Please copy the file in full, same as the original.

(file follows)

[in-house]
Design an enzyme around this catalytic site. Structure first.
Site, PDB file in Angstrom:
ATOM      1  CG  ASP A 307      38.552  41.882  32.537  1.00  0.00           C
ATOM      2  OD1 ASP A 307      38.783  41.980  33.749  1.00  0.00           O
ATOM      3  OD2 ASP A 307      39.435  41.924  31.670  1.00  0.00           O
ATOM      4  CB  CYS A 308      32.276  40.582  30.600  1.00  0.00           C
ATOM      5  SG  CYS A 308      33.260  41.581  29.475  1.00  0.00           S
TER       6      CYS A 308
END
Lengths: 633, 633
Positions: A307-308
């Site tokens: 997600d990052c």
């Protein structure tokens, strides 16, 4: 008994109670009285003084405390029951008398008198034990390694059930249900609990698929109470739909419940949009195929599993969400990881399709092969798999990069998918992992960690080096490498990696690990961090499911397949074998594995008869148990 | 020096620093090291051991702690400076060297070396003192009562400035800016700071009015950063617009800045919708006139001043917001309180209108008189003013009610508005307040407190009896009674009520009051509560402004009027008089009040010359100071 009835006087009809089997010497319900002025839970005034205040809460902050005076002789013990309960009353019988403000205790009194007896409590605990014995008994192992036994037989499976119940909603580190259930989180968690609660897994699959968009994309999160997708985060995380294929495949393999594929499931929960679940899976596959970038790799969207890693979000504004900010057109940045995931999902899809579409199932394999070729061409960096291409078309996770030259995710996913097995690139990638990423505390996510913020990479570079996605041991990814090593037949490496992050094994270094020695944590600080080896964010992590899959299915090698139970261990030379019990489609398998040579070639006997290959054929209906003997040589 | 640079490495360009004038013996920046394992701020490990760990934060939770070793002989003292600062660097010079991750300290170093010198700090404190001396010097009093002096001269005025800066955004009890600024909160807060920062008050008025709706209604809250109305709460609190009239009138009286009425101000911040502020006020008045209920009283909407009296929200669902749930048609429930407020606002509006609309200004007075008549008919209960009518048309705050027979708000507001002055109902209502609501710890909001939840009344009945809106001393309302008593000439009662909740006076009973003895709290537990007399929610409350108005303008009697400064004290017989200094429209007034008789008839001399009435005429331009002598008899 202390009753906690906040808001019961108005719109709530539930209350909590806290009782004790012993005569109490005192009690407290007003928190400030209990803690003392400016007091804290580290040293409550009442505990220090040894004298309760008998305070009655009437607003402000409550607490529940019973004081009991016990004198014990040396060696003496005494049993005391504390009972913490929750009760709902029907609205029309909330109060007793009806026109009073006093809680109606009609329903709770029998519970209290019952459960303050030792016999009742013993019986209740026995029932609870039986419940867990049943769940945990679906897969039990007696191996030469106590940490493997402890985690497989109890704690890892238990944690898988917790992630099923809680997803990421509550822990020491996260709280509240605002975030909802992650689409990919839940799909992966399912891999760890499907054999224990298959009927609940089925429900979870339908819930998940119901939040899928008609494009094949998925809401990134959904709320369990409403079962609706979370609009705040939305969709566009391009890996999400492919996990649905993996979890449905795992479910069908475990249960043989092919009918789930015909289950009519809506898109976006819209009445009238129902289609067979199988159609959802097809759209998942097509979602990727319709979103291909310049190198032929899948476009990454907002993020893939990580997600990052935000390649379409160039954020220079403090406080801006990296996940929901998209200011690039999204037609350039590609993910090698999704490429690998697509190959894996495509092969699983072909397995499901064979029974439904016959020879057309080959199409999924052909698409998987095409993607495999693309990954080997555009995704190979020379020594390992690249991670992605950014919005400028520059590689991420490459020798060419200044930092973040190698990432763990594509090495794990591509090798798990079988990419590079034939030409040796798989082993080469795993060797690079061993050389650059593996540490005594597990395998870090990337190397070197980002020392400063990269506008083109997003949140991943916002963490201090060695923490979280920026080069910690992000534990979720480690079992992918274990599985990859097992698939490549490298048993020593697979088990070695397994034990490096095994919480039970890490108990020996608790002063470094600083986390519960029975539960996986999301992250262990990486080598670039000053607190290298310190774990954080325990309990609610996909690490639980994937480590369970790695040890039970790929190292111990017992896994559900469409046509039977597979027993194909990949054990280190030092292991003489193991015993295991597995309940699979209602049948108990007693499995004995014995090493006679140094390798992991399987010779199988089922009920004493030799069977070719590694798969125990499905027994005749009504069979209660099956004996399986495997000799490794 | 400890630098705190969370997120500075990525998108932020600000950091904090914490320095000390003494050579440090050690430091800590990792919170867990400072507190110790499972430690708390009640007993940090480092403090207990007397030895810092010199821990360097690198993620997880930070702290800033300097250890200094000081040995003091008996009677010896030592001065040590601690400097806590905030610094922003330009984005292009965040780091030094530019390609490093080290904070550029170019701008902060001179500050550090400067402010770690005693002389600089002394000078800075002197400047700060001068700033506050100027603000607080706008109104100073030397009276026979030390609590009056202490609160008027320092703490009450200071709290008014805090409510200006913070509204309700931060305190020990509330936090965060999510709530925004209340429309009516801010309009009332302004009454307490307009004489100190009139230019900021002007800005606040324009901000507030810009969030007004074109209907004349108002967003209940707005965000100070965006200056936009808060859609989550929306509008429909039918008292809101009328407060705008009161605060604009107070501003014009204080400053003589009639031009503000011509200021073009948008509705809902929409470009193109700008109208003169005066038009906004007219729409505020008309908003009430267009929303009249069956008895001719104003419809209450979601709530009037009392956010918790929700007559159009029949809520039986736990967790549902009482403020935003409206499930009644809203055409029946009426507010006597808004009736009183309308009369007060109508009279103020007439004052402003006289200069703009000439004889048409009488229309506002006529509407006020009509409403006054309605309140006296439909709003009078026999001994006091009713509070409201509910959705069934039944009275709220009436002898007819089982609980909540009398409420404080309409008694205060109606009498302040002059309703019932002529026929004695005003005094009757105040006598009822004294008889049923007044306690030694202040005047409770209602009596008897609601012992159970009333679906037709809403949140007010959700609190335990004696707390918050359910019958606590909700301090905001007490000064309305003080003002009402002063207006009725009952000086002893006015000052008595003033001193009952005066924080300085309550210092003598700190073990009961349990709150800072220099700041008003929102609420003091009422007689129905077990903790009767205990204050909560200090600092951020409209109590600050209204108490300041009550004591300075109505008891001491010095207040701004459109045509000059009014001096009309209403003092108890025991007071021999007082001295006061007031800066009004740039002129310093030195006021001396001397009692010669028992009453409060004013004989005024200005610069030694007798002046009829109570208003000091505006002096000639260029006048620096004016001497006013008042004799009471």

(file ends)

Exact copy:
[in-house]
Design an enzyme around this catalytic site. Structure first.
Site, PDB file in Angstrom:
ATOM      1  CG  ASP A 307      38.552  41.882  32.537  1.00  0.00           C
ATOM      2  OD1 ASP A 307      38.783  41.980  33.749  1.00  0.00           O
ATOM      3  OD2 ASP A 307      39.435  41.924  31.670  1.00  0.00           O
ATOM      4  CB  CYS A 308      32.276  40.582  30.600  1.00  0.00           C
ATOM      5  SG  CYS A 308      33.260  41.581  29.475  1.00  0.00           S
TER       6      CYS A 308
END
Lengths: 633, 633
Positions: A307-308
């Site tokens: 997600d990052c």
């Protein structure tokens, strides 16, 4: 008994109670009285003084405390029951008398008198034990390694059930249900609990698929109470739909419940949009195929599993969400990881399709092969798999990069998918992992960690080096490498990696690990961090499911397949074998594995008869148990 | 020096620093090291051991702690400076060297070396003192009562400035800016700071009015950063617009800045919708006139001043917001309180209108008189003013009610508005307040407190009896009674009520009051509560402004009027008089009040010359100071 009835006087009809089997010497319900002025839970005034205040809460902050005076002789013990309960009353019988403000205790009194007896409590605990014995008994192992036994037989499976119940909603580190259930989180968690609660897994699959968009994309999160997708985060995380294929495949393999594929499931929960679940899976596959970038790799969207890693979000504004900010057109940045995931999902899809579409199932394999070729061409960096291409078309996770030259995710996913097995690139990638990423505390996510913020990479570079996605041991990814090593037949490496992050094994270094020695944590600080080896964010992590899959299915090698139970261990030379019990489609398998040579070639006997290959054929209906003997040589 | 640079490495360009004038013996920046394992701020490990760990934060939770070793002989003292600062660097010079991750300290170093010198700090404190001396010097009093002096001269005025800066955004009890600024909160807060920062008050008025709706209604809250109305709460609190009239009138009286009425101000911040502020006020008045209920009283909407009296929200669902749930048609429930407020606002509006609309200004007075008549008919209960009518048309705050027979708000507001002055109902209502609501710890909001939840009344009945809106001393309302008593000439009662909740006076009973003895709290537990007399929610409350108005303008009697400064004290017989200094429209007034008789008839001399009435005429331009002598008899 202390009753906690906040808001019961108005719109709530539930209350909590806290009782004790012993005569109490005192009690407290007003928190400030209990803690003392400016007091804290580290040293409550009442505990220090040894004298309760008998305070009655009437607003402000409550607490529940019973004081009991016990004198014990040396060696003496005494049993005391504390009972913490929750009760709902029907609205029309909330109060007793009806026109009073006093809680109606009609329903709770029998519970209290019952459960303050030792016999009742013993019986209740026995029932609870039986419940867990049943769940945990679906897969039990007696191996030469106590940490493997402890985690497989109890704690890892238990944690898988917790992630099923809680997803990421509550822990020491996260709280509240605002975030909802992650689409990919839940799909992966399912891999760890499907054999224990298959009927609940089925429900979870339908819930998940119901939040899928008609494009094949998925809401990134959904709320369990409403079962609706979370609009705040939305969709566009391009890996999400492919996990649905993996979890449905795992479910069908475990249960043989092919009918789930015909289950009519809506898109976006819209009445009238129902289609067979199988159609959802097809759209998942097509979602990727319709979103291909310049190198032929899948476009990454907002993020893939990580997600990052935000390649379409160039954020220079403090406080801006990296996940929901998209200011690039999204037609350039590609993910090698999704490429690998697509190959894996495509092969699983072909397995499901064979029974439904016959020879057309080959199409999924052909698409998987095409993607495999693309990954080997555009995704190979020379020594390992690249991670992605950014919005400028520059590689991420490459020798060419200044930092973040190698990432763990594509090495794990591509090798798990079988990419590079034939030409040796798989082993080469795993060797690079061993050389650059593996540490005594597990395998870090990337190397070197980002020392400063990269506008083109997003949140991943916002963490201090060695923490979280920026080069910690992000534990979720480690079992992918274990599985990859097992698939490549490298048993020593697979088990070695397994034990490096095994919480039970890490108990020996608790002063470094600083986390519960029975539960996986999301992250262990990486080598670039000053607190290298310190774990954080325990309990609610996909690490639980994937480590369970790695040890039970790929190292111990017992896994559900469409046509039977597979027993194909990949054990280190030092292991003489193991015993295991597995309940699979209602049948108990007693499995004995014995090493006679140094390798992991399987010779199988089922009920004493030799069977070719590694798969125990499905027994005749009504069979209660099956004996399986495997000799490794 | 400890630098705190969370997120500075990525998108932020600000950091904090914490320095000390003494050579440090050690430091800590990792919170867990400072507190110790499972430690708390009640007993940090480092403090207990007397030895810092010199821990360097690198993620997880930070702290800033300097250890200094000081040995003091008996009677010896030592001065040590601690400097806590905030610094922003330009984005292009965040780091030094530019390609490093080290904070550029170019701008902060001179500050550090400067402010770690005693002389600089002394000078800075002197400047700060001068700033506050100027603000607080706008109104100073030397009276026979030390609590009056202490609160008027320092703490009450200071709290008014805090409510200006913070509204309700931060305190020990509330936090965060999510709530925004209340429309009516801010309009009332302004009454307490307009004489100190009139230019900021002007800005606040324009901000507030810009969030007004074109209907004349108002967003209940707005965000100070965006200056936009808060859609989550929306509008429909039918008292809101009328407060705008009161605060604009107070501003014009204080400053003589009639031009503000011509200021073009948008509705809902929409470009193109700008109208003169005066038009906004007219729409505020008309908003009430267009929303009249069956008895001719104003419809209450979601709530009037009392956010918790929700007559159009029949809520039986736990967790549902009482403020935003409206499930009644809203055409029946009426507010006597808004009736009183309308009369007060109508009279103020007439004052402003006289200069703009000439004889048409009488229309506002006529509407006020009509409403006054309605309140006296439909709003009078026999001994006091009713509070409201509910959705069934039944009275709220009436002898007819089982609980909540009398409420404080309409008694205060109606009498302040002059309703019932002529026929004695005003005094009757105040006598009822004294008889049923007044306690030694202040005047409770209602009596008897609601012992159970009333679906037709809403949140007010959700609190335990004696707390918050359910019958606590909700301090905001007490000064309305003080003002009402002063207006009725009952000086002893006015000052008595003033001193009952005066924080300085309550210092003598700190073990009961349990709150800072220099700041008003929102609420003091009422007689129905077990903790009767205990204050909560200090600092951020409209109590600050209204108490300041009550004591300075109505008891001491010095207040701004459109045509000059009014001096009309209403003092108890025991007071021999007082001295006061007031800066009004740039002129310093030195006021001396001397009692010669028992009453409060004013004989005024200005610069030694007798002046009829109570208003000091505006002096000639260029006048620096004016001497006013008042004799009471």